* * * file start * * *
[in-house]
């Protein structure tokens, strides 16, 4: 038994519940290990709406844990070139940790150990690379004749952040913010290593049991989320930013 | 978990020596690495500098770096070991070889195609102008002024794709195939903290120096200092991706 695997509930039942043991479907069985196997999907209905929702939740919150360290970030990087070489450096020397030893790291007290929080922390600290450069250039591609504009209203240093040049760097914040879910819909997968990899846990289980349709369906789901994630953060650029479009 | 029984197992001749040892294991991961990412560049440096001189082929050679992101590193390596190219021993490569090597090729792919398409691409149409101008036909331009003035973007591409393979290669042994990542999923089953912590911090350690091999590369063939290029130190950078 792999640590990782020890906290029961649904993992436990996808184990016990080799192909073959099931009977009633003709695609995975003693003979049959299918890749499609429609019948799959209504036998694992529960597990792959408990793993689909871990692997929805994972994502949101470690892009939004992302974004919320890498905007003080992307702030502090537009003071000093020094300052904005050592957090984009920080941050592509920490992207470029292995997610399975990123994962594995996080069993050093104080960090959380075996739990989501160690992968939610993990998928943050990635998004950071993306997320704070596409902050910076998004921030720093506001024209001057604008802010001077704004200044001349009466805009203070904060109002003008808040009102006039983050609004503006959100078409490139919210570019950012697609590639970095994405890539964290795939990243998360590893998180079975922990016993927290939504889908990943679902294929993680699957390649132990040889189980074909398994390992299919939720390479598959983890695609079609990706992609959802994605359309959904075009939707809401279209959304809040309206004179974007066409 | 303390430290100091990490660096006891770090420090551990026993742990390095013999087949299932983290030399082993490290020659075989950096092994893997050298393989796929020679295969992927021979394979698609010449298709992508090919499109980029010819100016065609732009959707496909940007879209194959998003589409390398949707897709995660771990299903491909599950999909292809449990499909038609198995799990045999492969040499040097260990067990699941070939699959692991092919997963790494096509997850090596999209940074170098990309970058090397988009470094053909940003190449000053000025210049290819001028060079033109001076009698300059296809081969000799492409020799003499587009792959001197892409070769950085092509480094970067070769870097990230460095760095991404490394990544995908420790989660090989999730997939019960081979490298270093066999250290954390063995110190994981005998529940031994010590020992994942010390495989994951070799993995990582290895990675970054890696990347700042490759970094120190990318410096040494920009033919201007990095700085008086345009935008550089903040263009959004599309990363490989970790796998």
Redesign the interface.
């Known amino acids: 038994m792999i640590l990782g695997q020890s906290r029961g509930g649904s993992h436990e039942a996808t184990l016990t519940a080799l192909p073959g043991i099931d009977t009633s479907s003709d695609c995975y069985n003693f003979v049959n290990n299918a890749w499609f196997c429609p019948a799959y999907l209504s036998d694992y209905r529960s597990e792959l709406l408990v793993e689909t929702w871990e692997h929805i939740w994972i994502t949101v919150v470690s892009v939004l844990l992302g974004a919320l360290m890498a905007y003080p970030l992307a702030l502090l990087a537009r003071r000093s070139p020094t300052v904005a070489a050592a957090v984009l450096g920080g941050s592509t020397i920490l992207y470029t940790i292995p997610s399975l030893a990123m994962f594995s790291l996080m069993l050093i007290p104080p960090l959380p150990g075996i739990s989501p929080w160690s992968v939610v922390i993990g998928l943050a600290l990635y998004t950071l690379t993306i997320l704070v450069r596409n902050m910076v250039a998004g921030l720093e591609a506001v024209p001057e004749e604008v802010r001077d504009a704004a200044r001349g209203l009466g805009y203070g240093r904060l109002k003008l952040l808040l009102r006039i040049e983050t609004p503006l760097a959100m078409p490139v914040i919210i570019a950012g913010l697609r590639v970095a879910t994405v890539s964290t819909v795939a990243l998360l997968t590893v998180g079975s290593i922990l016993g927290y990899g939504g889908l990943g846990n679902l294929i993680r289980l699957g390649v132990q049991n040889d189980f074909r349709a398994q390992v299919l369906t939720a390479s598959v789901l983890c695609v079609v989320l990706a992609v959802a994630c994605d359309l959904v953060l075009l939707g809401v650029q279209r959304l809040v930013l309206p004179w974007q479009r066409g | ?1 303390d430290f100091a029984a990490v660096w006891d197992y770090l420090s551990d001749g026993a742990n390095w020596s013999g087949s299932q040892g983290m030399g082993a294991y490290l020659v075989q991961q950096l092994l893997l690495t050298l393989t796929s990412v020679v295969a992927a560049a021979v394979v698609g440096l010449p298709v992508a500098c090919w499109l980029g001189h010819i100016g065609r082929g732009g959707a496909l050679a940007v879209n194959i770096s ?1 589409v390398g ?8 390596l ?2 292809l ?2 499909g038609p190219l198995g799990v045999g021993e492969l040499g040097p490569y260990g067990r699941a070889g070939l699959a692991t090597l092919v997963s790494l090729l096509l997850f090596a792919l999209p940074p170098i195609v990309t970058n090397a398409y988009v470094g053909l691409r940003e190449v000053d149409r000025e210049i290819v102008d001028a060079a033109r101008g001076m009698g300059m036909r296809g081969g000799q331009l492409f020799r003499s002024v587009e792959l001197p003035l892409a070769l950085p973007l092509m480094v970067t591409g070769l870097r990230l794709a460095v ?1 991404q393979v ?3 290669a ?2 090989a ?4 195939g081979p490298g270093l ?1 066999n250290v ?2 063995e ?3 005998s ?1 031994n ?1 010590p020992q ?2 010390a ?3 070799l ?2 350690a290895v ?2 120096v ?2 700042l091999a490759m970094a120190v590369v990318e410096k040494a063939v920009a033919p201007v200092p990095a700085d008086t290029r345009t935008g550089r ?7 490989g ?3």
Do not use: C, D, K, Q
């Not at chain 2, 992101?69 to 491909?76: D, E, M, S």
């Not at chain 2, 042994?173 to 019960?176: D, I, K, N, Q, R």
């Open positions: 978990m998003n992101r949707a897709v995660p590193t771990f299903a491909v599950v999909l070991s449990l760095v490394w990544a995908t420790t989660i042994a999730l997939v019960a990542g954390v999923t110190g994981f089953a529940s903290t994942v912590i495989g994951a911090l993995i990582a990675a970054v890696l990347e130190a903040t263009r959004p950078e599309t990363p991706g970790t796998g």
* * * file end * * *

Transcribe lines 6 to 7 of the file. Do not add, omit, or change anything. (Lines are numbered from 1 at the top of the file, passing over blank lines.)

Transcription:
């Not at chain 2, 992101?69 to 491909?76: D, E, M, S």
């Not at chain 2, 042994?173 to 019960?176: D, I, K, N, Q, R």